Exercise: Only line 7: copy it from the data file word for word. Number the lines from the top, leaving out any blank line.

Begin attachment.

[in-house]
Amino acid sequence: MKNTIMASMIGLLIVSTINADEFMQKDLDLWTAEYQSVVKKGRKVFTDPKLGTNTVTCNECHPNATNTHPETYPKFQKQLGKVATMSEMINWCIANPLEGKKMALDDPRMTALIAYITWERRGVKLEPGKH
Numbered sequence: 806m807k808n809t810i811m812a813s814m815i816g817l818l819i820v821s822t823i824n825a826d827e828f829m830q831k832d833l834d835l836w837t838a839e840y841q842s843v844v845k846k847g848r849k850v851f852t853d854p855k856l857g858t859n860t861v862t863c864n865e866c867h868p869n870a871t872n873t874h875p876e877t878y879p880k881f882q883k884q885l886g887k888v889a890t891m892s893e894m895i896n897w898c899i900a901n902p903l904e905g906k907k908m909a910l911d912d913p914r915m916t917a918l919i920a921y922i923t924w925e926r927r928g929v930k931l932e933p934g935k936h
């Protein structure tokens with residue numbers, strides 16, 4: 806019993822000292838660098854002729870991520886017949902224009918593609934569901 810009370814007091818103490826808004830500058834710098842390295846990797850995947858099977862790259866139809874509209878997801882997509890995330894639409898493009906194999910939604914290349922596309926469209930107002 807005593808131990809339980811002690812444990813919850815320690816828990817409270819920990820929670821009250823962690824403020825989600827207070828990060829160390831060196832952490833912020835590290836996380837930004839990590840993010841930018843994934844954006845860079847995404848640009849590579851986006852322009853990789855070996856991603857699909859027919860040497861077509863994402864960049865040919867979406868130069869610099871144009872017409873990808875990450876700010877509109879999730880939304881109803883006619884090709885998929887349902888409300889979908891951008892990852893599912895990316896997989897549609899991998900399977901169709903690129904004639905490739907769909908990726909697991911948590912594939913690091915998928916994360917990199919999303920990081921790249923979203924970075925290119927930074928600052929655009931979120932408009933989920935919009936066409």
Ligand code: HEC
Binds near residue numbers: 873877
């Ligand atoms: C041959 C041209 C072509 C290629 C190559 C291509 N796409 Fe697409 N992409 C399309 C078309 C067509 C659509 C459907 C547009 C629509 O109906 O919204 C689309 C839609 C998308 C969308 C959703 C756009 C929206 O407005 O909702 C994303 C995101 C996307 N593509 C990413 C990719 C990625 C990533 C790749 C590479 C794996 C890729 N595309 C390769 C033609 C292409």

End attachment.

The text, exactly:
């Ligand atoms: C041959 C041209 C072509 C290629 C190559 C291509 N796409 Fe697409 N992409 C399309 C078309 C067509 C659509 C459907 C547009 C629509 O109906 O919204 C689309 C839609 C998308 C969308 C959703 C756009 C929206 O407005 O909702 C994303 C995101 C996307 N593509 C990413 C990719 C990625 C990533 C790749 C590479 C794996 C890729 N595309 C390769 C033609 C292409």